Da Hong Pao, aka Big Red Robe, is a type of oolong produced only in the Wuyi Mountains. Teas from this region are often called yancha, or rock tea, due to the rocky soil on the cliffs where the tea is grown. According to legend, the mother of a Ming Dynasty emperor was cured of an illness after drinking this tea. To show how special these tea trees were, he had the bushes that this incredible tea was made from draped with red cloth. Yet another version tells of a scholar who passed his exams thanks to this tea. He draped the bushes with the scarlet robes that he was awarded.
Even more incredible than these legends, six of the original mother trees are still believed to be alive today. They are estimated to be about 300 years old but no one really knows for sure. The Chinese government now protects these plants and no harvest has taken place since 2005. Although, I came across a blog post from Essence of Tea that indicates the government may still be doing non-commercial harvesting for research purposes.
Cuttings were taken from these original trees, creating genetically identical clones. Teas made from these clones are referred to as Qi Dan and they can fetch a hefty price tag. That being said, the vast majority of the tea sold as Da Hong Pao on the market are actually blends of several Wuyi oolong varieties. For this reason, it can be a bit hard for consumers to determine authentic what is an authentic tea because many vendors claim to have the real deal.
Da Hong Pao is made in the typical style of Wuyi oolongs, higher oxidation with extensive charcoal roasting. If you didn’t know any better you might think that it was a black tea. The taste is roasted and earthy with notes of tobacco. A strong mineral taste, also known as yan yun, is a hallmark of this tea along with an underlying floral quality. The roasting process can add a bit of char so many tea drinkers prefer to the let the tea settle for at least six months.
Fully boiling water is the rule of thumb when brewing Da Hong Pao. Western infusion times will range between 3 and 5 minutes. I recommend going a bit heavier on your leaf ratio though, at least two teaspoons for every 8oz of water. Although it can certainly be made in a western fashion Da Hong Pao really shines when prepared in a gaiwan or other gongfu sized vessel. I’ll usually pack at least 8g into my gaiwan. Infusion times will usually fall between 15 and 30 seconds, gradually lengthening the time as you go. Clay pots can help reduce the roast a bit if the tea is too intense for you.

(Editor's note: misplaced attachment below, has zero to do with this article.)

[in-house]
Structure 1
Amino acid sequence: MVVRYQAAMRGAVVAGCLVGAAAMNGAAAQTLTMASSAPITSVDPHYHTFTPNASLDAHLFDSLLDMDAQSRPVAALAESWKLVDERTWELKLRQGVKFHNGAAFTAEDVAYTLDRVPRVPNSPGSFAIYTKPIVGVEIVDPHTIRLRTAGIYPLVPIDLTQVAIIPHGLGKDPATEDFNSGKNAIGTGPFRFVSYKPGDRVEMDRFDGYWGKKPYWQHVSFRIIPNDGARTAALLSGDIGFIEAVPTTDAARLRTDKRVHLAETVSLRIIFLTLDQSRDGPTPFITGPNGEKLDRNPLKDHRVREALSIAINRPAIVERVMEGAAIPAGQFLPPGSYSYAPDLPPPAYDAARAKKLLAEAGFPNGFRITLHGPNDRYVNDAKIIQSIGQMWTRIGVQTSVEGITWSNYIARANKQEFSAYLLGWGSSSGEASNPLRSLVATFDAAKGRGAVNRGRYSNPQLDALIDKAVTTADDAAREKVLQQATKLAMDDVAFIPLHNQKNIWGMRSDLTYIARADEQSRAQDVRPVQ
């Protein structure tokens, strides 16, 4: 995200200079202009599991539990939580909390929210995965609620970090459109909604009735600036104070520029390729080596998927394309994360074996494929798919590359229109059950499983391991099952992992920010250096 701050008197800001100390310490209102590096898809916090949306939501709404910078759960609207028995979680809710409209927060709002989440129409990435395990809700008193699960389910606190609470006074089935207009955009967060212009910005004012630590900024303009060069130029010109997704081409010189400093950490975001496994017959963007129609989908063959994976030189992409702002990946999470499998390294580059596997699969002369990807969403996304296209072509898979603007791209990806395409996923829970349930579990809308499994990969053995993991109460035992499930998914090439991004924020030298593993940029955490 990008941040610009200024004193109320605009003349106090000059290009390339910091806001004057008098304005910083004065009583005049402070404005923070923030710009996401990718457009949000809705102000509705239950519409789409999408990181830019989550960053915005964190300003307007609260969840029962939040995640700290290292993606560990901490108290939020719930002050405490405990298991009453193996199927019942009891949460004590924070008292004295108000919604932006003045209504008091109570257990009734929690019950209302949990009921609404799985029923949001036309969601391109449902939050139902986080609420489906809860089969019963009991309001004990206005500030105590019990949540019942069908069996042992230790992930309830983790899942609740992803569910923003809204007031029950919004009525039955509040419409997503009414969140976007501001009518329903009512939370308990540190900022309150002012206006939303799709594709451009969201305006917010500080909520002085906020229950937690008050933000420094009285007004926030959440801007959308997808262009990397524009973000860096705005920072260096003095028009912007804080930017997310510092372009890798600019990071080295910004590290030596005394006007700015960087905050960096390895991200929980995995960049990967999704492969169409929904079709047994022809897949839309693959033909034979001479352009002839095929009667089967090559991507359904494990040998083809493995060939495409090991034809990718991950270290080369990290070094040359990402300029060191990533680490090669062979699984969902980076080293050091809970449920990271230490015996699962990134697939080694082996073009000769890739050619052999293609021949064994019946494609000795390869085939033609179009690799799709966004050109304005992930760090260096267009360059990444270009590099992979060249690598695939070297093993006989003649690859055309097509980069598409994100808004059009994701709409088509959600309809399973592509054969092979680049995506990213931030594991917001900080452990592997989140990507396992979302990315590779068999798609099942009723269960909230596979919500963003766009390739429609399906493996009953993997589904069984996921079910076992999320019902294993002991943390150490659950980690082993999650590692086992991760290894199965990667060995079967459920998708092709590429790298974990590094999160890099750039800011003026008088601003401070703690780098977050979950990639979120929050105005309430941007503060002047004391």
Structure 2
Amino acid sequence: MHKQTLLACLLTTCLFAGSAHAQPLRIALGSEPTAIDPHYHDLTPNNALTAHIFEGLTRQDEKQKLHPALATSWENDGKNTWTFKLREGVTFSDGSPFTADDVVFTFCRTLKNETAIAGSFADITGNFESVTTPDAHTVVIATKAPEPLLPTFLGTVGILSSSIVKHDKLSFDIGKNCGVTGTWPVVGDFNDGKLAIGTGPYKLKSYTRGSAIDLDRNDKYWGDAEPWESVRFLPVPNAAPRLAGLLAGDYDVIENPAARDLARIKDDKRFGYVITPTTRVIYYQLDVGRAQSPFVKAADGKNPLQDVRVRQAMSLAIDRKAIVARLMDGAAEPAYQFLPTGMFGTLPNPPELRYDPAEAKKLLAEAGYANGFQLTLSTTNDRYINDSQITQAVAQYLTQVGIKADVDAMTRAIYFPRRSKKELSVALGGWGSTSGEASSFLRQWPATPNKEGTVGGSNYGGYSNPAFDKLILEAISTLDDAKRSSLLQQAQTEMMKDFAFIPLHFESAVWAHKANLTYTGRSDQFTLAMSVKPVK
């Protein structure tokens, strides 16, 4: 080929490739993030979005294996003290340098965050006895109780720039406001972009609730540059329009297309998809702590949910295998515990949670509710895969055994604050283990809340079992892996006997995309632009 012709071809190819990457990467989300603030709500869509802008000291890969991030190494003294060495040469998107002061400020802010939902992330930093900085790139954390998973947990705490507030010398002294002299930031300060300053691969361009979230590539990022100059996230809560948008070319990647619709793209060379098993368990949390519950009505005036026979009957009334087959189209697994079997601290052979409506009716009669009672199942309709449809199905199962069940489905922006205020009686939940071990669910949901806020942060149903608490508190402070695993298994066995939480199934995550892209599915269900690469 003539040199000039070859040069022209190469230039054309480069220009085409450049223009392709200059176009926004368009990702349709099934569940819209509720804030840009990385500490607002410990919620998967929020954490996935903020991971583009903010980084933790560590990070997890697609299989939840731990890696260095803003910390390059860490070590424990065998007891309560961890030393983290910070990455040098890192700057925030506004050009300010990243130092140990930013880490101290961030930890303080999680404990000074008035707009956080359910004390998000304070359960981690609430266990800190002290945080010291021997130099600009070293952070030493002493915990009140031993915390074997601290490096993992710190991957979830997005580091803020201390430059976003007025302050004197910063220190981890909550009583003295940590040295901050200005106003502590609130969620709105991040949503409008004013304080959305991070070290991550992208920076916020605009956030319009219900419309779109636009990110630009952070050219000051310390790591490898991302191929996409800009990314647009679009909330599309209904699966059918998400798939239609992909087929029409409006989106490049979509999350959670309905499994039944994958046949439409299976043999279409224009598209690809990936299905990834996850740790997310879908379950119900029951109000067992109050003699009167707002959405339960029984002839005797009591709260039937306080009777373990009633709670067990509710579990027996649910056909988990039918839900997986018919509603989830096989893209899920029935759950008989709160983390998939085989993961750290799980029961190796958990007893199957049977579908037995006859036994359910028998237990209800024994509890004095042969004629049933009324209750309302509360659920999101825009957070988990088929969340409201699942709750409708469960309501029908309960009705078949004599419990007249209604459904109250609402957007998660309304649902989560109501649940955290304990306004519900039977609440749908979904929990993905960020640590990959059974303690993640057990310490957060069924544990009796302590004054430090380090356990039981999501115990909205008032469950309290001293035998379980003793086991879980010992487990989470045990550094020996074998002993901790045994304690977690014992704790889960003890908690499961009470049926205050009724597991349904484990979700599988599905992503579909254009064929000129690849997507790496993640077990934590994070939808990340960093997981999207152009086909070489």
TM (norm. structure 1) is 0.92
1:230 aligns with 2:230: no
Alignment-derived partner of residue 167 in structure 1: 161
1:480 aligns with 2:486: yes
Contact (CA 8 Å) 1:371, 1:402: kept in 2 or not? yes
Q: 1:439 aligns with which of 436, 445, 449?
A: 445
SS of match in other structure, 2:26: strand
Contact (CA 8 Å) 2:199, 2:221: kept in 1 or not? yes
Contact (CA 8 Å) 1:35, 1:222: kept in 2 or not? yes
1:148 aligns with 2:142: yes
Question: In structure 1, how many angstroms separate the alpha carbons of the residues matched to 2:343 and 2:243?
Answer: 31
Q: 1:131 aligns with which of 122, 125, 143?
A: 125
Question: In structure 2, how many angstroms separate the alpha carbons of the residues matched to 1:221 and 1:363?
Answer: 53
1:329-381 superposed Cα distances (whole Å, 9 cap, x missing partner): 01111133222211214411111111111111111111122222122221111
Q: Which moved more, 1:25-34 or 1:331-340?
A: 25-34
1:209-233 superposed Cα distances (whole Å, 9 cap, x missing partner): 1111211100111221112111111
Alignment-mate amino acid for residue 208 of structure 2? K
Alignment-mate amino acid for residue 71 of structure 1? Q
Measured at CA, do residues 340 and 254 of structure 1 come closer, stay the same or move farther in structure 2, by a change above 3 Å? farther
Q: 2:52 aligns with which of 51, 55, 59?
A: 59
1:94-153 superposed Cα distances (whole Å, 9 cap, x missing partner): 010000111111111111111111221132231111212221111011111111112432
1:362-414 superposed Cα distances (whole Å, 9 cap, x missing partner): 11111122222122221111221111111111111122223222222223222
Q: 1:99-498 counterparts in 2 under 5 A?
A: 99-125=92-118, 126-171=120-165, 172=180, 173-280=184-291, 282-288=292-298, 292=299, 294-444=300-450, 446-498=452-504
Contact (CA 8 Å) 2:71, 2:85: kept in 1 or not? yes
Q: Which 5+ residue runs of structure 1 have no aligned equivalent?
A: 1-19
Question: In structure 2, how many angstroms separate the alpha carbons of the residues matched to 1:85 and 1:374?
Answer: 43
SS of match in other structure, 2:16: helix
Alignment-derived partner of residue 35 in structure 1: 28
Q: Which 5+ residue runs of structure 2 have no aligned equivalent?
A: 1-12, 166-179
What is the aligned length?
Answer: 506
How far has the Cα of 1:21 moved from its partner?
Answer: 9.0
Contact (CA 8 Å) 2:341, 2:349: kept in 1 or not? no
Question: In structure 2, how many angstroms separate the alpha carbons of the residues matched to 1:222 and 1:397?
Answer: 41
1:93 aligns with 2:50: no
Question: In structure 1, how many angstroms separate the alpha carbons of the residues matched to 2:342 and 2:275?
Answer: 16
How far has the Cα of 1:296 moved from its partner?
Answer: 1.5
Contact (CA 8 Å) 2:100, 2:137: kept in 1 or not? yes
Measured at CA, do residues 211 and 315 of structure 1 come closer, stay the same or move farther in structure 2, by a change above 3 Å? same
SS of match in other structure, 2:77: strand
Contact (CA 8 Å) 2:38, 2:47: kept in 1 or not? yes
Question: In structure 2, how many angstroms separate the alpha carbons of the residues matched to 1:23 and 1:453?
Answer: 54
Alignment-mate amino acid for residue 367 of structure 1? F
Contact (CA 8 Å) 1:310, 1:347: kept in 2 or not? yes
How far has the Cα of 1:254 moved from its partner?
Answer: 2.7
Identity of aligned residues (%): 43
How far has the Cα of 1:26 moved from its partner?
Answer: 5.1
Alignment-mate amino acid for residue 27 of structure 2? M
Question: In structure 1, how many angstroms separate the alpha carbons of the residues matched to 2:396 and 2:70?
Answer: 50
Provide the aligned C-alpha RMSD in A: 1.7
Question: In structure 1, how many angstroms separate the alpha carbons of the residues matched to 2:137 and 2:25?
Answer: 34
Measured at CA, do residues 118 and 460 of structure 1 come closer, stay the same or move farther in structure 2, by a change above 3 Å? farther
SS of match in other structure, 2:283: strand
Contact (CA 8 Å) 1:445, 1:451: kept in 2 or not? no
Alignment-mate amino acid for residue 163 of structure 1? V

These are some of the Da Hong Pao that I’ve reviewed here on the blog:
Adagio Teas Masters Collection: Wuyi Da Hong Pao
Teavivre Da Hong Pao (Big Red Robe) Wuyi Rock Oolong
KEDOÇAY Big Red Robe
Four Seasons Tea Co. Mu Ben Da Hong Pao
It’s currently sold out but I also highly recommend the Da Hong Pao from my friends at Zhen Tea.
Do you have a favorite Da Hong Pao? Tell me all about it in the comments!
A great post on a classic and elusive tea that die hard tea drinkers should at least experience in a real way before the fakes flood the market
I am drinking a DHP (a straight Qi Dan) right now. It's from Cindy Chen at Wuyi Origin. One of my too many eccentricities is that I've always thought the name Big Red Robe sounds very clunky. If you read the first two characters as one word rather than two you get Dahong (scarlet) instead of Da Hong (Big Red.) Out of stubbornness I always call this tea Scarlet Robe in English.
Thank you, Shawn! It's definitely a tea that everyone needs to try.
I've heard really good things about Cindy's teas. Nomenclature can definitely get a bit tricky. I've seen some companies use Scarlet Robe to refer to a DHP that is more lightly oxidized.
The 1st time I ordered tea ware from Music City tea I received a nice little sample bag of Big Red robe. Its truly a fantastic Wuyi Oolong variety and actually one of my favorite Oolongs. I picture a Ming Dynasty emperor outside in a garden early in the morning sipping a cup and relaxing in a Big Red robe. I prefer Gong fu/gaiwan vs. Western style brewing with this tea. It provides numerous great tasting cups after each brew. Agree with Shawn, its a great tea to try and especially if you prefer Oolong varieties.
Thanks for sharing @One You tea! Music City Tea is a great. I purchased my travel gaiwan set from them a few years ago 🙂
Your welcome.. I have to budget myself at that site.. 🙂
DHP should be considered a form of processing and that explains the many blends of cultivars used and marketed.
There are three distinct “mother” cultivars from the originals now preserved by the authorities. Qi Dan is one.